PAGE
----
excerpts from HAILSTONES and HALIBUT BONES by Mary O’Neill and John Wallner. (with apologies for lack of line breaks)

:::::::::::::::::::::::::::::::Recently in this nourishing Poetry Friday community I was grateful to read in a comment to a post, wise words from Mary Lee Hahn about her sensitivity to students whose families don’t celebrate & are possibly uncomfortable with, Halloween. So her thought brought me to share today (of all days!) about a MG new novel, A PLACE AT THE TABLE by Saadia Faruqi and Laura Shovan.

This is the third LS novel I have read & loved but I’m grateful Laura teams here with an equally vibrant, but new-to-me author, Saadia Faruqi. If you want to read and recommend a lovely friendship book set in the Season of Autumn, I hope you will consider A PLACE AT THE TABLE. I bought my copy independently.

WHO WILL TAKE THIS TO HEART ~~ Cooking school fans, recipe creators, community festival-goers, fans of girl friendship stories, Pakistani-Americans, ex-pat Brits, Jewish families, readers with family members or friends who may have depression or non-conformist grandmas, and, especially anyone needing to understand much better than they do (such as me) about the path Muslim students in Western society neighborhoods and schools may travel.

FAVORITE QUOTES ~~From Sara: “I envy my brothers. They feel no shame in being Muslim. They’re too young to appreciate, how different they are from their classmates.” From Elizabeth: ” When the congregation sings my favorite prayer, Ma Tovu, Dad rocks back and forth on his loafers. The melody is sad, but hearing it fills me with hope. I love the line about the temple being a place of glory. I look out the windows. The autumn leaves are more beautiful than stained glass.”

IN SHORT ~~ Their missteps smoothed, dutiful daughters of very different families that each have their own daily home stresses, grow organically into close pals despite their religious divide, which in the end, isn’t a wall at all. My heart tugged. Appreciations to the authors for creating this collaboration, which should be much-noted and appreciated.

Anousha Syed created the lovely cover illustration.

SAADIA FARUQI. (who, it turns out, sometimes has Florida on her mind 🙂 Hope to read more of your words. Congratulations, Saadia!

LAURA SHOVAN Congratulations on another literary treat, dear Laura!

You are invited to Send a Q or commeent about Halloween to Saadia or Laura via Instagram today (Oct. 30, 2020)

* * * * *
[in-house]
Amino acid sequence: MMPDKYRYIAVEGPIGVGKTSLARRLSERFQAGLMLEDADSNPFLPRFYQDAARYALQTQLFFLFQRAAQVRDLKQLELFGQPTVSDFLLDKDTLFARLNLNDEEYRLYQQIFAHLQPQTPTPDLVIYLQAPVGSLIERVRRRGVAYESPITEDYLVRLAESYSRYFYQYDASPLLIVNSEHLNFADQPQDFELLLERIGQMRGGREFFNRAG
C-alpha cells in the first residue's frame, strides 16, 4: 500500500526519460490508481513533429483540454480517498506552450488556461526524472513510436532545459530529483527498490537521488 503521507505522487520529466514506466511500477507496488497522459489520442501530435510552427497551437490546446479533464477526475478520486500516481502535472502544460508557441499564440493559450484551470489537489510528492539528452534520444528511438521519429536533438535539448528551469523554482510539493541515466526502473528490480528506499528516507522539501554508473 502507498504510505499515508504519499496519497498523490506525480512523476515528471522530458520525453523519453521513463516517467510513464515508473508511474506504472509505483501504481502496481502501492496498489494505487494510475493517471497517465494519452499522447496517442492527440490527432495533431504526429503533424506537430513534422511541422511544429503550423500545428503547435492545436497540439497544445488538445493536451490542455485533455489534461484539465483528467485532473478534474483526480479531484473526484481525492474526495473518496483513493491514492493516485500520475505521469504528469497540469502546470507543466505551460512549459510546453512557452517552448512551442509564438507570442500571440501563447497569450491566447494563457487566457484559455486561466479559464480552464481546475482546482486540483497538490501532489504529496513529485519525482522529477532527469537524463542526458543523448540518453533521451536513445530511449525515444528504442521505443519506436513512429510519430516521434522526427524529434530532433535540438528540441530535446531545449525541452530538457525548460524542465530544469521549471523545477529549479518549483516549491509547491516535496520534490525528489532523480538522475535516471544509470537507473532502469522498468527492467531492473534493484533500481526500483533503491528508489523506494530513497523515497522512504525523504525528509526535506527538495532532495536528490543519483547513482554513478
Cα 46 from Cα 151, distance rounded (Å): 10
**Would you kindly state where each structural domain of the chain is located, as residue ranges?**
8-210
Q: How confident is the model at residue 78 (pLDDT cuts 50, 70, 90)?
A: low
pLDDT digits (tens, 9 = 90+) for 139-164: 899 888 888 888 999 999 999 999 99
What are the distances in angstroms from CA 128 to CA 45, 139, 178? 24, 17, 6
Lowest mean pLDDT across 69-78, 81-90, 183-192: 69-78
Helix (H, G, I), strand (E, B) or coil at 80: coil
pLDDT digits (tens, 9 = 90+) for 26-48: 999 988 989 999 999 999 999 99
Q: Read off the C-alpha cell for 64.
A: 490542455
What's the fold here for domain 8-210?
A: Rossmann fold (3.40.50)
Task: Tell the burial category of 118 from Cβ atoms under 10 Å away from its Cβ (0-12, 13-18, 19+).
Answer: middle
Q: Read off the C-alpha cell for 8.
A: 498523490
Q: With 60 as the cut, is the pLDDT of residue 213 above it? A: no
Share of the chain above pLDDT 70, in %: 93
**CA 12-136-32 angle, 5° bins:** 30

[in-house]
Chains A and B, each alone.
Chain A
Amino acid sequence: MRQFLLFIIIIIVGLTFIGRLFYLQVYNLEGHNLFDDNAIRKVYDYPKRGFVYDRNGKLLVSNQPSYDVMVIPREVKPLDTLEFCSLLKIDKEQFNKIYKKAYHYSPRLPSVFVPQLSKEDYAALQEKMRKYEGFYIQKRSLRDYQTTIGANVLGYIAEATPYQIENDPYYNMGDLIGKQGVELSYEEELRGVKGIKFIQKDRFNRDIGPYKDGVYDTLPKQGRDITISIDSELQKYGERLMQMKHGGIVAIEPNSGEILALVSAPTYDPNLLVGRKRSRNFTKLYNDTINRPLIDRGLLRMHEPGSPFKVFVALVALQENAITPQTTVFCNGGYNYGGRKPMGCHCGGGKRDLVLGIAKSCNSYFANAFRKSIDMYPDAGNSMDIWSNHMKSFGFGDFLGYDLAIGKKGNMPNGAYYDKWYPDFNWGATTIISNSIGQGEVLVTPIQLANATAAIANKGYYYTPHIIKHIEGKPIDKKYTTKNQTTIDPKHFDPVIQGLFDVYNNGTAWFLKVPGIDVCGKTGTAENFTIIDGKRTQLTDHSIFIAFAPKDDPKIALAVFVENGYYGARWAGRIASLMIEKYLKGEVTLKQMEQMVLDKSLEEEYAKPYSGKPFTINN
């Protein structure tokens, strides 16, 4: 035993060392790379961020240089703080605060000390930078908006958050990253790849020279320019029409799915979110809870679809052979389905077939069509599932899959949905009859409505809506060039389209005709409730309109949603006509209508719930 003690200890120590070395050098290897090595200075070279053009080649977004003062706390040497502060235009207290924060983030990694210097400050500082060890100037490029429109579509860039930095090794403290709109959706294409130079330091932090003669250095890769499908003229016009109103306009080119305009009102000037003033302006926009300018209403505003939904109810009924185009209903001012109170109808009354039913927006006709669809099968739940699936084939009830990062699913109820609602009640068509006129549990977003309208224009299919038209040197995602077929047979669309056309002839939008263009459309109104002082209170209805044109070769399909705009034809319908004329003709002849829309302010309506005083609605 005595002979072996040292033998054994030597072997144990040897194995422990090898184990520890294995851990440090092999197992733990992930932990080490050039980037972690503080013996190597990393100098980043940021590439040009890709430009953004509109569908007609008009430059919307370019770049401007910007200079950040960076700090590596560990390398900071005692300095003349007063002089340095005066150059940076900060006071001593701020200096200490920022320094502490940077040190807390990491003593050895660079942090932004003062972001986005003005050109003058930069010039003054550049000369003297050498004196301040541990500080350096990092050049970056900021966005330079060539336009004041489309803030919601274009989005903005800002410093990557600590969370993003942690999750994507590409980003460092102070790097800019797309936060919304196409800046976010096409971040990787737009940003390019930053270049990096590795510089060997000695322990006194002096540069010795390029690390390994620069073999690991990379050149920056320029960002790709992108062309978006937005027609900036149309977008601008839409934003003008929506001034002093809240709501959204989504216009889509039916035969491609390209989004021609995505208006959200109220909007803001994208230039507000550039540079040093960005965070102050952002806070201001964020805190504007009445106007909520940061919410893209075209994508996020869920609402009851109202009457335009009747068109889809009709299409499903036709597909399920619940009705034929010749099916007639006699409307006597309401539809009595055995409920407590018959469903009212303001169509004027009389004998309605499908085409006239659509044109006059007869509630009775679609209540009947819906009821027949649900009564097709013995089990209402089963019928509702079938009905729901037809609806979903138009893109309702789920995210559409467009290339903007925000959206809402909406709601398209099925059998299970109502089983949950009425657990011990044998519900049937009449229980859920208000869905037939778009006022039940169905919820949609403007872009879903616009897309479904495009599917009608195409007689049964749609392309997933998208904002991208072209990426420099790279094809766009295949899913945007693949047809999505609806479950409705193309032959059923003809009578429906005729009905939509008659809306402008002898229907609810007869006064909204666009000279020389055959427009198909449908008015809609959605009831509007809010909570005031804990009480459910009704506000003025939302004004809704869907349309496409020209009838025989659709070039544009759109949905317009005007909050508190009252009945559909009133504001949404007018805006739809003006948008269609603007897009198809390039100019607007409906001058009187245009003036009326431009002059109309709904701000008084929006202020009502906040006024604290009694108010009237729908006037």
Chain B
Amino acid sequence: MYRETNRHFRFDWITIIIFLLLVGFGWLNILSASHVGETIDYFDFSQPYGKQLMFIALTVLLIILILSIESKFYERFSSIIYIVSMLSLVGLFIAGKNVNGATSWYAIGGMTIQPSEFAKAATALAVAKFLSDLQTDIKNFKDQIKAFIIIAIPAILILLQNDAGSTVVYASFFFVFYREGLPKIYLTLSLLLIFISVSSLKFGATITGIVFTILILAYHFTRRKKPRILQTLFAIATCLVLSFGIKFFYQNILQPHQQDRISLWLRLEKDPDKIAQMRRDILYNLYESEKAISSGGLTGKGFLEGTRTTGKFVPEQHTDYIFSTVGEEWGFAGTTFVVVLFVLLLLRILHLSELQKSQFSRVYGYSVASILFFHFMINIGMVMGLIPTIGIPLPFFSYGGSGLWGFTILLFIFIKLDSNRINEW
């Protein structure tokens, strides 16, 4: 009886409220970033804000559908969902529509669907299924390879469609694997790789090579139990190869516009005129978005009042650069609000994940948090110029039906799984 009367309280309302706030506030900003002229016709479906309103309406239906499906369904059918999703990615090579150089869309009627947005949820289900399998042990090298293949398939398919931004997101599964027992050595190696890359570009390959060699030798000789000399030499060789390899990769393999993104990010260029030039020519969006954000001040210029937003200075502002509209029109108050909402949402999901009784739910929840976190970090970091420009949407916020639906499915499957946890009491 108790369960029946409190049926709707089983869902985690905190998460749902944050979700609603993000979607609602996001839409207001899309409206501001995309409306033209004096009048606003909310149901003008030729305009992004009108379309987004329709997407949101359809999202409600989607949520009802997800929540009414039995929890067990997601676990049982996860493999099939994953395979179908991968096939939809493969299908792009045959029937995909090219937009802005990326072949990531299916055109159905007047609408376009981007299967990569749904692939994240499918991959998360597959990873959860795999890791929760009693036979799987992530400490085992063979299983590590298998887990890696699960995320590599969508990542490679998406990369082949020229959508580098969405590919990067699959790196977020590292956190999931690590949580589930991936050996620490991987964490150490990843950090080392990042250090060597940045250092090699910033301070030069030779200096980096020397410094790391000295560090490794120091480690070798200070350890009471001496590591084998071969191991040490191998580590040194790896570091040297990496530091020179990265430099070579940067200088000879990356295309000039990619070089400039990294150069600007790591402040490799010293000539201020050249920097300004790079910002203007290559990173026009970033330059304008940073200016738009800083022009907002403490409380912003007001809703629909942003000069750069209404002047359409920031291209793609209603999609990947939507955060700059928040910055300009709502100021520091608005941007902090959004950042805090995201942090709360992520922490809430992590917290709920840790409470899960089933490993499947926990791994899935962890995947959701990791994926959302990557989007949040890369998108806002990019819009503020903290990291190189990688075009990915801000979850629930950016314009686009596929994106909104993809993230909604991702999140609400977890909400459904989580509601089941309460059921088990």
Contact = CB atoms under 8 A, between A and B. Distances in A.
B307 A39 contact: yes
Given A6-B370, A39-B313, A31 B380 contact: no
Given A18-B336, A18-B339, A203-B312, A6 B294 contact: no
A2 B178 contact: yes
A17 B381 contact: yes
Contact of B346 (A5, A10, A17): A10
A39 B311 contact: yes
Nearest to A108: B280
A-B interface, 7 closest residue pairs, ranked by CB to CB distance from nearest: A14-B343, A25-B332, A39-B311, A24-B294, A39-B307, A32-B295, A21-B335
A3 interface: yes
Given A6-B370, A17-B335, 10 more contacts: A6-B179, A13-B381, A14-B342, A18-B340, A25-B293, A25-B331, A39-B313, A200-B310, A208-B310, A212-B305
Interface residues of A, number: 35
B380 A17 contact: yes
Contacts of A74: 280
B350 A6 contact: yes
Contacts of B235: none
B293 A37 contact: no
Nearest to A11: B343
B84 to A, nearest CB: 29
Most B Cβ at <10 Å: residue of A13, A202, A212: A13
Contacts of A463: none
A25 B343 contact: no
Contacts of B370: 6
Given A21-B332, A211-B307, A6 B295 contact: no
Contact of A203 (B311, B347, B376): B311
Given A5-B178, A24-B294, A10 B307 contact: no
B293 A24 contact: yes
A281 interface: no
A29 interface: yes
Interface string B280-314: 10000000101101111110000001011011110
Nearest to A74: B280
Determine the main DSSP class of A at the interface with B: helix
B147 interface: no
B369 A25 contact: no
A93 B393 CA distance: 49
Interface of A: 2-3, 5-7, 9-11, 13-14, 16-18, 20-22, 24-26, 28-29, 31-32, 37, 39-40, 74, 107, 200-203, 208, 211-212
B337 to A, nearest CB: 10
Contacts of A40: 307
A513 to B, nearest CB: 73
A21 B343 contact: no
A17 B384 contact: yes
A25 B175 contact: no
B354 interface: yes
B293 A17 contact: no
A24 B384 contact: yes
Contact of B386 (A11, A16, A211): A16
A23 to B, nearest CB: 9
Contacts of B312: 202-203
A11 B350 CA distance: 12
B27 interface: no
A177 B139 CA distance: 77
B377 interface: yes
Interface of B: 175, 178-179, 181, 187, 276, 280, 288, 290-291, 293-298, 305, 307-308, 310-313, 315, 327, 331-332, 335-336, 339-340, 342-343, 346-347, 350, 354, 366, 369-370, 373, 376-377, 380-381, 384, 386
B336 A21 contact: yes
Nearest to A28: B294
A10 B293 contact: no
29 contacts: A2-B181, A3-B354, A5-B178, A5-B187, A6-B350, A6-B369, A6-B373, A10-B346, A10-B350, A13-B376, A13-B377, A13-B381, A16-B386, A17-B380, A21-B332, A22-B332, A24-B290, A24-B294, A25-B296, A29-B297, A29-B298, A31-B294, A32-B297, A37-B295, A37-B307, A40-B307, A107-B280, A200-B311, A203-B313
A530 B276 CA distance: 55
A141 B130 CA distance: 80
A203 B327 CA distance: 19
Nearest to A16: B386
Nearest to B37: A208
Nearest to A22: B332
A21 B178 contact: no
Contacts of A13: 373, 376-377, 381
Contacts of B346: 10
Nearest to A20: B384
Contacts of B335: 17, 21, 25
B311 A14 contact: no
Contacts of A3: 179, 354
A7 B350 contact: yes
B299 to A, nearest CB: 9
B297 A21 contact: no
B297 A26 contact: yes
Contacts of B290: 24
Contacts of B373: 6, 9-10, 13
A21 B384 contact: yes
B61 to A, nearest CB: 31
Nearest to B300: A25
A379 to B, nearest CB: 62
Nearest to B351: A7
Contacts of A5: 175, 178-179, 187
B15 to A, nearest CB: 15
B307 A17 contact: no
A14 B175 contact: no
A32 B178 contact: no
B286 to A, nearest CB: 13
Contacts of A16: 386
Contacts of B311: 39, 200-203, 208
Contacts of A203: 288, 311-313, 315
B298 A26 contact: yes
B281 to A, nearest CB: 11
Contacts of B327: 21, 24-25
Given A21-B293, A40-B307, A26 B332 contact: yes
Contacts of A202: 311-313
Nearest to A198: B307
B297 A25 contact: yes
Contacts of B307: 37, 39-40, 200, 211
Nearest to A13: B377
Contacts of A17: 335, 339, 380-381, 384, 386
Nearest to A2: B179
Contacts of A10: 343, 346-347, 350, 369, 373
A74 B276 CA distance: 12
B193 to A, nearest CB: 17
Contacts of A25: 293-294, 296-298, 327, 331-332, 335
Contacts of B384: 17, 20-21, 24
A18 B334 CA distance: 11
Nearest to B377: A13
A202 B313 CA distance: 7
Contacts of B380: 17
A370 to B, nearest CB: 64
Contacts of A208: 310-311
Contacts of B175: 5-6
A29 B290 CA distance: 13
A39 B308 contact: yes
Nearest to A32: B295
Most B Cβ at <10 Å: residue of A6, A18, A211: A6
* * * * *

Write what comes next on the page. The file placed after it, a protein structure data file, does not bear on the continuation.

From Laura: Today, 5 pm EST! Chat with me and @saadiafaruqi about Halloween. This American tradition is an important chapter in our book, #aplaceatthetable. Does your family go all out or lights out for Halloween.”

::::::::::::::::::::::::::::::::::::My Q. Know a source of groovy doodle and writing daily prompts? I expect distraction more than usual in November but I’m feeling a lift about the idea of something-a-day. Like INKTOBER? Maybe something like NAPOWRIMO, but in November?What prompts look lively, to you (even if you don’t do them.) Thanks a bunch.

#NikkiGrimes

A humid Florida hey there weary travelers, from this Bookseedstudio patch of Poetry Friday. We PF bffs are collected this week via Live Your Poem by honorary Floridian & groovy poet Irene Latham. To know more about friday poet pals, please visit No Water River & Kitditosphere, at this article’s end, where I’ve linked.

"Flower Face" by Jan Godown Annino.

“Flower Face for Nikki Grimes” from June. 2020 miniature zinnias/ Bookseedstudio.

I think of gardens when I think of NIKKI GRIMES, “poet, photographer, artist & avid gardener,” as she describes herself. In addition to the shelves of literary & publishing success honors that this poet has earned, I feel that everyday, Nikki Grimes deserves armloads and cascading gardens of all kinds of flowers,  baskets of fresh herbs and roaming vines of fresh veggies. In her decades and decades of work in crafting exquisite books, she has helped young readers, especially those whose skin color is similar to hers, feel someone understands their rocky road. But please know that she is a writer for all. Her words nurture all children & many adults, to bloom into their full potential. Start with WORDS WITH WINGS, a title that I connect with deeply. In 2015, I included it in a Bookseedstudio blog here.

 

An early self-bloomer, despite finding little fertilizer & too much rocky ground in earliest years, young Nikki created poems and art before the age of 10, living in bleak circumstances. She always desired to create beautiful things. She remembers making poems from age six!